State Looks for Coastal Management Alternative

The Parnell administration is still looking for a way to replace the work done by the Alaska Coastal Management Program before it was forced to close at the end of June.   The program was involved in getting permits for development projects in Coastal areas by acting to coordinate local, state and federal requirements.

The State’s Director of Oil and Gas,  Bill Barron, told the House Resources Committee this week that working through a series of permitting issues was an impediment to the oil industry’s ability to put more oil into the TransAlaska Pipeline.  And, he said, since the Coastal Management Program closed,  it is the responsibility of individual companies to coordinate their work with governmental agencies at all levels.

“That may sound really fast, as an okay thing.  But that is a real issue.  It’s an issue that has come up in several of the meetings that we’ve had in the general public.  It’s a discussion that we’re ongoing right now, having with several of the operators of the companies that we’re dealing with in the DNR and the DOG,” Barron said.

The Department of Natural Resources has established a special Task Force on Permitting to come up with alternatives to the Coastal Management Program for developers.  Barron told the committee that its plans do not now include trying to re-establish the old Coastal Management system.  Instead, the task force is looking at modifying the Office of Project Management and Permitting – or O-PUMP.

“So what we’re trying to structure, recognizing that OPMP has worked very well,  is there a way we could have – for lack of a better term – O-PUMP- Lite.   Something that a smaller company can use to help coordinate that.    Is that a twist on ACMP?  Maybe.  It depends on how you slice the words,” Barron said.

Bethel Representative Bob Herron – one of those who attempted to negotiate a continuation of Coastal Management during this year’s regular and special sessions — asked Barron about the practical side of the administration’s work.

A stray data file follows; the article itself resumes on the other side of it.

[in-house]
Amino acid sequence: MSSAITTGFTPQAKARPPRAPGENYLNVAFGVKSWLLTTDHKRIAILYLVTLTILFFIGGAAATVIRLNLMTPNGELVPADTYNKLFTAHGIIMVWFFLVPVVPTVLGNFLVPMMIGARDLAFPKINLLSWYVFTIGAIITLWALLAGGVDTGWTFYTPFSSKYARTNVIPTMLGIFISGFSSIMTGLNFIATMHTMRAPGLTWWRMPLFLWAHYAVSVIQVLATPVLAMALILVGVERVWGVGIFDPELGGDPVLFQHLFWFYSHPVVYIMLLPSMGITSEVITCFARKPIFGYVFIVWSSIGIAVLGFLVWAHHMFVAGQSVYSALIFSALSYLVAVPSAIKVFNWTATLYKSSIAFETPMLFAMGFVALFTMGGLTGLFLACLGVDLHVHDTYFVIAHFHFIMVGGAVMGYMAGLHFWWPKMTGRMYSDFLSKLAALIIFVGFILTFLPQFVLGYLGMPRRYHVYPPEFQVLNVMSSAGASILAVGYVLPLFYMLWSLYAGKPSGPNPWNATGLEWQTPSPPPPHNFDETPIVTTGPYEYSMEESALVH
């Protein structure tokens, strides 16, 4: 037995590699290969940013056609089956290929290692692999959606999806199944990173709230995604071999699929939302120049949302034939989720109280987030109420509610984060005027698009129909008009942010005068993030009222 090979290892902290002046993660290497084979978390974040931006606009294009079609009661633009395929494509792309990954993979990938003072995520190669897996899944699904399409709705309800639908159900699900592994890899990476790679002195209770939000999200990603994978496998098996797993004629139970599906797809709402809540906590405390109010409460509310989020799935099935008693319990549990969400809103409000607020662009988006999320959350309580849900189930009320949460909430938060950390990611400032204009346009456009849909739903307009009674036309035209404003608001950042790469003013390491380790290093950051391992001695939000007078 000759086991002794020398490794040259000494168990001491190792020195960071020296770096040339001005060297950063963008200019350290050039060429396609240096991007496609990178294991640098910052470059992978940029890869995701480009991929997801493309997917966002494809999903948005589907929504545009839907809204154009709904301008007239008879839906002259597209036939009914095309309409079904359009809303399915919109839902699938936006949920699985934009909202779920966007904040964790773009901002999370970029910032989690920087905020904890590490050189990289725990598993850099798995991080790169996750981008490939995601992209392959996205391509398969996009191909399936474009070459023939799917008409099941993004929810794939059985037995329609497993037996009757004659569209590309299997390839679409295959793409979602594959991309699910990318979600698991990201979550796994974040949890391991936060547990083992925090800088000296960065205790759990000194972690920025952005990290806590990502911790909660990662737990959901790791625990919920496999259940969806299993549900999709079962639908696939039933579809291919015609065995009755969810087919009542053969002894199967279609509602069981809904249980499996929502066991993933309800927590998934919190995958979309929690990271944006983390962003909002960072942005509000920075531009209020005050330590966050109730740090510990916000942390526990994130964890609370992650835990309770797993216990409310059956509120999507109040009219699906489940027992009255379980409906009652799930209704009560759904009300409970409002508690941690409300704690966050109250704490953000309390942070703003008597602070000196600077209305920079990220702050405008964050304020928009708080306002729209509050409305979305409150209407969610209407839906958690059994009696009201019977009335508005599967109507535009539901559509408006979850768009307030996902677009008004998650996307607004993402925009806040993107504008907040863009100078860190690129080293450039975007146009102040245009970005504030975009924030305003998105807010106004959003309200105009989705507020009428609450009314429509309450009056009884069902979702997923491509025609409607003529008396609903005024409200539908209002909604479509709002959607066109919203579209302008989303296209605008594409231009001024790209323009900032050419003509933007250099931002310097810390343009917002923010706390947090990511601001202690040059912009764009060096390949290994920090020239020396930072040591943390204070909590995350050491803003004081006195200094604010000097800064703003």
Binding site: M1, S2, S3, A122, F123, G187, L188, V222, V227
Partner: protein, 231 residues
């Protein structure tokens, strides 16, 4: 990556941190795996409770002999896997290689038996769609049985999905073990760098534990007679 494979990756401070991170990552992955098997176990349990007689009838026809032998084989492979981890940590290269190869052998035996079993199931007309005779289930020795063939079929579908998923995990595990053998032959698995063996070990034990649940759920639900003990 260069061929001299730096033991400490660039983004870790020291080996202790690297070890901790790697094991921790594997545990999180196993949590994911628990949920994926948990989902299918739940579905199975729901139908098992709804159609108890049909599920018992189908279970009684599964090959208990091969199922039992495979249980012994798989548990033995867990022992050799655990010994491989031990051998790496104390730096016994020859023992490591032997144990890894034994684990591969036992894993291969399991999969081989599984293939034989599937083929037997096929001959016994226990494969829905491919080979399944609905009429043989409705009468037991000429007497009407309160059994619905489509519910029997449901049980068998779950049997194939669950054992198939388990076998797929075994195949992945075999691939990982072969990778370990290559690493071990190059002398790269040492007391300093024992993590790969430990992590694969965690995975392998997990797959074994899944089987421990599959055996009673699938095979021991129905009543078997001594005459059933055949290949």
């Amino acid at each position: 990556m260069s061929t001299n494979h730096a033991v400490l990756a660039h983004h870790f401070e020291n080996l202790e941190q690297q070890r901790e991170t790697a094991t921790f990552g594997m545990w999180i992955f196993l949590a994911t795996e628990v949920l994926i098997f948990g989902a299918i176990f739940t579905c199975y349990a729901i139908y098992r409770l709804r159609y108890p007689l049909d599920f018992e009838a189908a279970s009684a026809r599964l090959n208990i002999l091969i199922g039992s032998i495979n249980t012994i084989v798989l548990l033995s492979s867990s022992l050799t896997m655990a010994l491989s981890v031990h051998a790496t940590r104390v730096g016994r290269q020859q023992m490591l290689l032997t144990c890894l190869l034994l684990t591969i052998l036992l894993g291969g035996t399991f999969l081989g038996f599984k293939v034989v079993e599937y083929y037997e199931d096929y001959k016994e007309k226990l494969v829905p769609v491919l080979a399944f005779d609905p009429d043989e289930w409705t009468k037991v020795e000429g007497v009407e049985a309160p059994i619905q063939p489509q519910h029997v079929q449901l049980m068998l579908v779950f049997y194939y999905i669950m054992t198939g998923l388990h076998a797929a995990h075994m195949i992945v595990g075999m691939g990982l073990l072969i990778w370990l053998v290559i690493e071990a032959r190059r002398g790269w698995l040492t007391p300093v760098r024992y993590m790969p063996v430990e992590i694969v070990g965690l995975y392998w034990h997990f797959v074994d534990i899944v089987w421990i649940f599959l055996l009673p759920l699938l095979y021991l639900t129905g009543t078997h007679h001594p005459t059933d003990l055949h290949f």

“Is OPMP-Lite going to be recognized by your federal counterparts?,” Herron asked.

Barron responded, “That’s yet to be seen.  I believe part of that is how we structure it and present it.  But we’ll find out.

Re-creating Coastal Management is the goal of a voters’ initiative that the administration is currently reviewing before allowing petitions that could put it on next year’s ballot.  Juneau Mayor Bruce Botelho is one of the sponsors.  He says before the program was lost this summer, it provided state and local participation in planning and management of development.  But it was an advantage to developers, also.

“One of the great features of coastal zone management is the opportunity for basically one-stop permitting — the idea that all agencies would work together in terms of a streamlined permitting process and coordination,  which now is lacking.   And of course the second element which I think is of particular importance is that the federal government would be required to submit its plans for review,” Botelho said.

The Department of Natural Resources will be back before the Committee during the regular session.  The initiative was submitted to the Lt. Governor’s office Oct. 7. A determination is due by Dec. 6 on whether sponsors may try to gather nearly 26,000 signatures to put the question on the ballot.

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